By: Tyler Zaring, Sports Editor
With the start of school and the month of September also comes football for all age groups. Being one of the top four major sports in America mean that many people tune in on Sundays to watch their favorite NFL team. This year has been a completely different story for fans and their team’s.
I rarely miss watching my favorite Kansas City Chiefs game no matter the day and this year has been no different. For other fans this year, that is not true. Due to the players and at times even the owners demonstrations during the National Anthem many fans have vowed to never watch another game. Others have taken it a step further and joined in America’s new favorite thing to do in sports by burning their team jersey, flag, and even season tickets.
The player protests started last year when Colin Kaepernick started by protesting police brutality during the National Anthem by kneeling during it’s playing. This year the protests have broadened with even more players participating and whole teams taking a “stand”, or in this case a knee. When discussing the issues the NFL are faced with it is important to remember the demographic that typically makes up the NFL viewers. Many of these people are blue collar and either served in the military themselves or have relatives that have. Kneeling during the National Anthem particularly angers these people and has led to them turning their TV’s off and refusing to watch.
Those that are boycotting the NFL over these issues are either missing the point or just not listening to the point issues that the players are protesting for. The people that are boycotting the NFL say that the players are disrespecting the flag by kneeling during the Anthem and thereby disrespecting those that have served so that they are free. Since when is kneeling seen as disrespectful? As far as I have ever known in history kneeling has been seen as a way to show reverence towards what you kneel to. In this case they are still showing respect to the flag but in a different way that for some odd reason outraged many Americans. The issues that these people are missing and the players are bringing up are that there is still police brutality towards African Americans and that Colin Kaepernick should be able to have a job as a quarterback in the NFL.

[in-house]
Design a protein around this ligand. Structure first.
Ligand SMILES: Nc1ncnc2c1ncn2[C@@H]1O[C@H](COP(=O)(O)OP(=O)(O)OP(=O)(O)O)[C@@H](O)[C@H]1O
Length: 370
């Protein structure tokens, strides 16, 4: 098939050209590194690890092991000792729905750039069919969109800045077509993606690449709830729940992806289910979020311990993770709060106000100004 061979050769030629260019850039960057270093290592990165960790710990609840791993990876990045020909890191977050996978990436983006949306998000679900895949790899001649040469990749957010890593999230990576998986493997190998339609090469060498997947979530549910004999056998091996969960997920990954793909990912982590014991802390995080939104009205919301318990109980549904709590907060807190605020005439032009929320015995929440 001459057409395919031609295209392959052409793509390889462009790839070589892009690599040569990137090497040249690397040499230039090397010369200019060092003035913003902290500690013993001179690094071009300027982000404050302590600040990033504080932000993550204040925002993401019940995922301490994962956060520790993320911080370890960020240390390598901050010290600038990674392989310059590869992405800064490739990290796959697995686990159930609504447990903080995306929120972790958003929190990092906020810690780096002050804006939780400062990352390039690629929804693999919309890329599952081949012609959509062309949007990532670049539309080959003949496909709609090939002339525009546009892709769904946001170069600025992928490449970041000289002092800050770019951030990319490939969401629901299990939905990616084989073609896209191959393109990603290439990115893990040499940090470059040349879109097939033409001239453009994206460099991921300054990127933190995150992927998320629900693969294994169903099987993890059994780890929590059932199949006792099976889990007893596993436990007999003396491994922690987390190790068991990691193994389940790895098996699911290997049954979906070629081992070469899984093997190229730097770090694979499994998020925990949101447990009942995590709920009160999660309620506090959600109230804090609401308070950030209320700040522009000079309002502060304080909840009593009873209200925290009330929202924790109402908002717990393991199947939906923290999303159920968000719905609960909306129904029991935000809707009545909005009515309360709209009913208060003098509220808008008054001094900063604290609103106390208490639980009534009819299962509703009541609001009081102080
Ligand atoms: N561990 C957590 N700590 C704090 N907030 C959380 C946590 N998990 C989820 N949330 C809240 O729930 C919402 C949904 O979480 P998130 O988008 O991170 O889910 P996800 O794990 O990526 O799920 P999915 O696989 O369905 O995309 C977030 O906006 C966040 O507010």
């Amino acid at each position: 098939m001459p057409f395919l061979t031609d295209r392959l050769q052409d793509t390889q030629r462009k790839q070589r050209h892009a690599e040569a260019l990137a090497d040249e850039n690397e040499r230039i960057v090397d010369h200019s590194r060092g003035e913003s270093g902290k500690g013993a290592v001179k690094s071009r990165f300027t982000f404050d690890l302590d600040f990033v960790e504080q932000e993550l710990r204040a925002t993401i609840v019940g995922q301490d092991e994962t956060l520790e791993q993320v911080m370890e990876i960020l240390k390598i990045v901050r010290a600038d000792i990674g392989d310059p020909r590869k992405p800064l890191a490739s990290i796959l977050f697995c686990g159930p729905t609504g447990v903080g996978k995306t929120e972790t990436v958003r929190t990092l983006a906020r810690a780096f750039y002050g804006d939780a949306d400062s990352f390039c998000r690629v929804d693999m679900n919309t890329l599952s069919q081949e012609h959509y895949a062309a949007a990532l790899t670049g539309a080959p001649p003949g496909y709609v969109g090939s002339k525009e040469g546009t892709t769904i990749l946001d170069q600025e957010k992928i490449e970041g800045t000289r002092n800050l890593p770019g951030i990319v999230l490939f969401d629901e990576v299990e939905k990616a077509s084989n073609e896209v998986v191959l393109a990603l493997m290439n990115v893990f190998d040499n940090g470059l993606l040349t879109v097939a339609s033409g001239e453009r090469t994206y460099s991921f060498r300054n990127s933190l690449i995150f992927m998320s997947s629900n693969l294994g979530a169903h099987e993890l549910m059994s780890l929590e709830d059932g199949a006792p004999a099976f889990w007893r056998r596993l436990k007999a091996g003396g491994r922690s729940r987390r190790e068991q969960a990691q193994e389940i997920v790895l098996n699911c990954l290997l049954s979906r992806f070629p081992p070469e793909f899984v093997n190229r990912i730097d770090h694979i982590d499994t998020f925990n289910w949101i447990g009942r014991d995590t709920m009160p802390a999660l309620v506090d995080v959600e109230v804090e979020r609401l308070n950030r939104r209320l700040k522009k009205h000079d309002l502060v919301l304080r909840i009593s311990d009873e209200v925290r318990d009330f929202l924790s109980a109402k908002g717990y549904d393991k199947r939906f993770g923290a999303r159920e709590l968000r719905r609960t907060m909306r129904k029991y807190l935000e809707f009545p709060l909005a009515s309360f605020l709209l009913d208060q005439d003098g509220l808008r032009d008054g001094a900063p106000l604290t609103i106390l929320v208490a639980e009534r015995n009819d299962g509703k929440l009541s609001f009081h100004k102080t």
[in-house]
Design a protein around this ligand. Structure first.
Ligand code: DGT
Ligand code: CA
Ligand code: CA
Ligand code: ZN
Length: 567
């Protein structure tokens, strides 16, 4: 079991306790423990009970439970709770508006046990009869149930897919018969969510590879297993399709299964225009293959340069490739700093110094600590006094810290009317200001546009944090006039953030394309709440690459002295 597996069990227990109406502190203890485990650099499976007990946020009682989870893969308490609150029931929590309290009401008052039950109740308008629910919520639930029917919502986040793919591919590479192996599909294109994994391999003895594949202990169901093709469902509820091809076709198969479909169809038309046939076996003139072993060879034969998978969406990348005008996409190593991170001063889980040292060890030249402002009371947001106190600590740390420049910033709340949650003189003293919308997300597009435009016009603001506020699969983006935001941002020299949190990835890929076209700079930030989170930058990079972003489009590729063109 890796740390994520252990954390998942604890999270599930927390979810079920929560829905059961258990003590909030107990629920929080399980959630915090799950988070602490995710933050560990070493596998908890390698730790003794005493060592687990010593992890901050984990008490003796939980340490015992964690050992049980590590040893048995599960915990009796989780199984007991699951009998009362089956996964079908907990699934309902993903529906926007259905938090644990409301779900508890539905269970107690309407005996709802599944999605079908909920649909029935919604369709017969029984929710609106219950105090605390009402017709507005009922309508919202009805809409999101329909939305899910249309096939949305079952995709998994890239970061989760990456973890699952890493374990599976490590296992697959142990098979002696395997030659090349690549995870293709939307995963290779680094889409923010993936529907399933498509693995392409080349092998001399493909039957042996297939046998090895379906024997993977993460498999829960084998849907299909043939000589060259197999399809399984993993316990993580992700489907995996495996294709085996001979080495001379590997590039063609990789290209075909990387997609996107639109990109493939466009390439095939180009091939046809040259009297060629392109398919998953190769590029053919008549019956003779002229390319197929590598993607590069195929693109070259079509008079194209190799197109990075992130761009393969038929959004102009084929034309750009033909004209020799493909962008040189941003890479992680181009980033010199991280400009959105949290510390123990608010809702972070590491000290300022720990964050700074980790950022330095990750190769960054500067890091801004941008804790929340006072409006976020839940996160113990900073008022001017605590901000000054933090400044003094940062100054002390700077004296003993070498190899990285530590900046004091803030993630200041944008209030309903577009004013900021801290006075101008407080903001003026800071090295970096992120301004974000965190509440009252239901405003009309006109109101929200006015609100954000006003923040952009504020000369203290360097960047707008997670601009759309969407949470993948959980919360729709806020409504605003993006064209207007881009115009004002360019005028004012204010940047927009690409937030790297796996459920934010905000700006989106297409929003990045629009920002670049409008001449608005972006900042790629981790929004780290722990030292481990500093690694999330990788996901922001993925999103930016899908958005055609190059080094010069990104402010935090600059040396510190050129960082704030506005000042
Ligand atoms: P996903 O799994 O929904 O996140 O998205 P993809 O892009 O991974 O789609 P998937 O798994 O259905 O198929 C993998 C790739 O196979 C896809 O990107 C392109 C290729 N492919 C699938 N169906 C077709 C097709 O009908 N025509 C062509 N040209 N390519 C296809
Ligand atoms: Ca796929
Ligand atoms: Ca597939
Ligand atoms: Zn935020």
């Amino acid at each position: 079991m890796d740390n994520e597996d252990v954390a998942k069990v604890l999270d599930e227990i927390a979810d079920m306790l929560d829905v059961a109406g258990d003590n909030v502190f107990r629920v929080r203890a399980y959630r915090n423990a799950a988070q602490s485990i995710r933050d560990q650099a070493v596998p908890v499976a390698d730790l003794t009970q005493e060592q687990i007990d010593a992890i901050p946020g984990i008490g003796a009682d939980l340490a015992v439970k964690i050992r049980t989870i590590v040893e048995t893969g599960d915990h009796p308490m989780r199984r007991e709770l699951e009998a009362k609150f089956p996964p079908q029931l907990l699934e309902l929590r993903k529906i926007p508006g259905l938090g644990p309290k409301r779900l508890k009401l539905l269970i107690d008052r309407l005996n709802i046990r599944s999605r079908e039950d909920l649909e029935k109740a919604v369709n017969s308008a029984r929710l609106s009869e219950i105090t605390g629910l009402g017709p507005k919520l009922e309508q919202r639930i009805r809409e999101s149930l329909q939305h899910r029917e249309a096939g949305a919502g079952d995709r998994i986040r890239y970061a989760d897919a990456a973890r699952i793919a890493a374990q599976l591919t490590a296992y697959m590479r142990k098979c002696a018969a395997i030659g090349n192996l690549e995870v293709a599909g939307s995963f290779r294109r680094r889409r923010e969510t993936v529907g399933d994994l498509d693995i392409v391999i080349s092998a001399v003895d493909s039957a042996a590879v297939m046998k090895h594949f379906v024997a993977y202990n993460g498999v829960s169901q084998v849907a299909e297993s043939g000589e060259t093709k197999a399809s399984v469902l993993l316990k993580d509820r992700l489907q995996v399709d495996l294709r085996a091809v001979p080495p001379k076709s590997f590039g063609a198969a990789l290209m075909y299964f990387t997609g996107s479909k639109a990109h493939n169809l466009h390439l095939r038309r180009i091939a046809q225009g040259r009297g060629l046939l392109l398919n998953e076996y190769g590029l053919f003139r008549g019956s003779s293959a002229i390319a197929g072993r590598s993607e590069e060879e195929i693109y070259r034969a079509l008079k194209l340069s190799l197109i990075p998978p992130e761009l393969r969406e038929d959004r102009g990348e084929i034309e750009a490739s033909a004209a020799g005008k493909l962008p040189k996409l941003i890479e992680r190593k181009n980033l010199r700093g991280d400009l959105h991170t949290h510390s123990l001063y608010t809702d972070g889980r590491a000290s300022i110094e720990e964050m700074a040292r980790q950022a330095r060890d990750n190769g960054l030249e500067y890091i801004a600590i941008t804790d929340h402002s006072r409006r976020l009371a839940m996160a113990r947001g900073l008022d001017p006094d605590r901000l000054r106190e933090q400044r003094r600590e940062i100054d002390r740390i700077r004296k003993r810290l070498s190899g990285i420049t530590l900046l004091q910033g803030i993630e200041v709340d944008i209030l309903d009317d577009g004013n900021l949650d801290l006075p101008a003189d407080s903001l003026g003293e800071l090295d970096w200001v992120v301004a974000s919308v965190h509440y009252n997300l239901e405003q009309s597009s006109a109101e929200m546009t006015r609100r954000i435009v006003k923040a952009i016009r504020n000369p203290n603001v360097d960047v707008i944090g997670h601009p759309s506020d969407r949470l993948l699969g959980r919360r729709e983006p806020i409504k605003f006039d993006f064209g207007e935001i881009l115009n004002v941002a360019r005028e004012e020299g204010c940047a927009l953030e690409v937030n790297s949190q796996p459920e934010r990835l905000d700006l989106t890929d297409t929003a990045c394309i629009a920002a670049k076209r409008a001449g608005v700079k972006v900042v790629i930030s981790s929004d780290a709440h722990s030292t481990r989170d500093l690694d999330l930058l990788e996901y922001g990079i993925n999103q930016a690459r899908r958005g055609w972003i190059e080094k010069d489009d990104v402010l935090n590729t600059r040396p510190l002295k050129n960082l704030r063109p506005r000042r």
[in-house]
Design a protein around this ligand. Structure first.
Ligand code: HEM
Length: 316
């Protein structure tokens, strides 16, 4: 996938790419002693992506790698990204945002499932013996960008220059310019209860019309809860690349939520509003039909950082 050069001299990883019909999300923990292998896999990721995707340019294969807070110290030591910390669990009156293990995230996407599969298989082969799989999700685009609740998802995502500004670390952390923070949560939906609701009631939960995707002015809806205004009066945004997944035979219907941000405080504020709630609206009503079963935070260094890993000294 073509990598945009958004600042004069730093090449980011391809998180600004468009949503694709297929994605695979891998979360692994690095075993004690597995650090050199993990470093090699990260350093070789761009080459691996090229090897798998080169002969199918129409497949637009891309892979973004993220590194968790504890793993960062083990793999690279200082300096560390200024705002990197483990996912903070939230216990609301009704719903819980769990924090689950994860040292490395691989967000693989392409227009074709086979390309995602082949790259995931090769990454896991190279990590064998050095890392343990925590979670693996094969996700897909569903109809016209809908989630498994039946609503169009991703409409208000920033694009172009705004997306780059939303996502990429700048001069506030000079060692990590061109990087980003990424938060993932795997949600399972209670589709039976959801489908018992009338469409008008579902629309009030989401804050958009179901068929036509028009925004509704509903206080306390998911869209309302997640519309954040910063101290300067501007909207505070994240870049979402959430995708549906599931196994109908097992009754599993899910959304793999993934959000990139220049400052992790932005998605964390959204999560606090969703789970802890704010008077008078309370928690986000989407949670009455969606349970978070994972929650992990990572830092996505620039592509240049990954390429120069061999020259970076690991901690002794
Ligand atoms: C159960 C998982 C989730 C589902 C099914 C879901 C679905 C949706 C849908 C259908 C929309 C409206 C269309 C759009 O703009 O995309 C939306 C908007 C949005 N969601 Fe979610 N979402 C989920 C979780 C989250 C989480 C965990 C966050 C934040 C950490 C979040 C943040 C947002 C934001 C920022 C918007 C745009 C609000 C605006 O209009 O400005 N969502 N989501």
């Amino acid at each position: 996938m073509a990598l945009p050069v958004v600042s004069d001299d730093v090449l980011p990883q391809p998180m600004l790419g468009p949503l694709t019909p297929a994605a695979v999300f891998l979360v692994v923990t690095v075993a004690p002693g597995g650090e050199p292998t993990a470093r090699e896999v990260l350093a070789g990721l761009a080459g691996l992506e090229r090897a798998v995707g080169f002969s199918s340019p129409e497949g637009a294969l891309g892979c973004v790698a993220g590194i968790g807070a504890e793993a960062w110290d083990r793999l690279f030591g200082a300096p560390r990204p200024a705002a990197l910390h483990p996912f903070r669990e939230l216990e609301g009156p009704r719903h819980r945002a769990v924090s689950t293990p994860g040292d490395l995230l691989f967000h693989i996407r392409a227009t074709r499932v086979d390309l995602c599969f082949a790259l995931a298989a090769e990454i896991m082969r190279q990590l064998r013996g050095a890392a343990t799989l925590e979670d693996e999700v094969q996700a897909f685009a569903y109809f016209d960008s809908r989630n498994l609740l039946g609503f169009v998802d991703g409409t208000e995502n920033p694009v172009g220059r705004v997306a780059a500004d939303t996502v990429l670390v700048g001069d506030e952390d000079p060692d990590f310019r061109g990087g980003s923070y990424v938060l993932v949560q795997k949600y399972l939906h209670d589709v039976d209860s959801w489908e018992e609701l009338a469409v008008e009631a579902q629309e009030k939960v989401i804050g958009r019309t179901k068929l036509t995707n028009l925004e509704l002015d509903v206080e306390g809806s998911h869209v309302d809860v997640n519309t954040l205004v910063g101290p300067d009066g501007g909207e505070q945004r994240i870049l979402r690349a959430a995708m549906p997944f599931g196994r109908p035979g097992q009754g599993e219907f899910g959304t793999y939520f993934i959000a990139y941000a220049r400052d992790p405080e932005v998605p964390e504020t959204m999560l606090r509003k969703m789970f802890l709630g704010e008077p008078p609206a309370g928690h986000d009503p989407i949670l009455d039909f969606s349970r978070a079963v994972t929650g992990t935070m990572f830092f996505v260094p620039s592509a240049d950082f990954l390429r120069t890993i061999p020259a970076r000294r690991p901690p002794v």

With as many injuries to star quarterbacks such as Deshaun Watson and Aaron Rodgers the second issue has grown much stronger in the past few weeks. Kaepernick not long ago took the 49ers to the Super Bowl and has definitely shown he is better than more than a few of the current starting quarterbacks. After last year owners have seen Kaepernick as a distraction to their team and someone that would not be worth all of the extra attention that he would bring if they were to sign him. This issue has gained ground with the NFL agreeing to meet with owners, players, and Colin Kaepernick together to try and fix this problem. While it is growing this issue still follows as a background to the bigger issue.
The bigger issue is that the players are trying to take a stand for all minorities in America but in particular that African Americans have been brutally beaten and killed by police in this country. The players think using the one public access they have they can bring this issue to the front of the view of everyone in the country. This has worked beautifully to get things talked about but has led to little or no actual changes.
The way the players could better use their time and money and not lose viewers for their games which takes money away from them is by starting more funds for those affected by police brutality which many of them already do. They could also spend money to take this issue to a higher power that can enact a law or at least begin to make police officers more accountable. Finally the players could work with the NFL in order to start a civil rights month such as they already do with their cancer month. The cancer month does not bring in money through the NFL charities but it happens every year and has brought a lot of light to cancer research and has led to others donating to fund research. Doing this for civil rights would keep the issue in the light during games for a whole month and would allow for other issues to be brought to light in later seasons when the current issue has been resolved to the point the NFL thinks they can move to another issue.
While I don’t think I know all because well I don’t these are real solutions that could be used in the coming weeks and would bring all the National Anthem protests to a nice close with real results and allow the season to actually be about the games and the players playing them. Until then as always you will still find me loyally watching football and hoping the players and owners can come to a useful solution.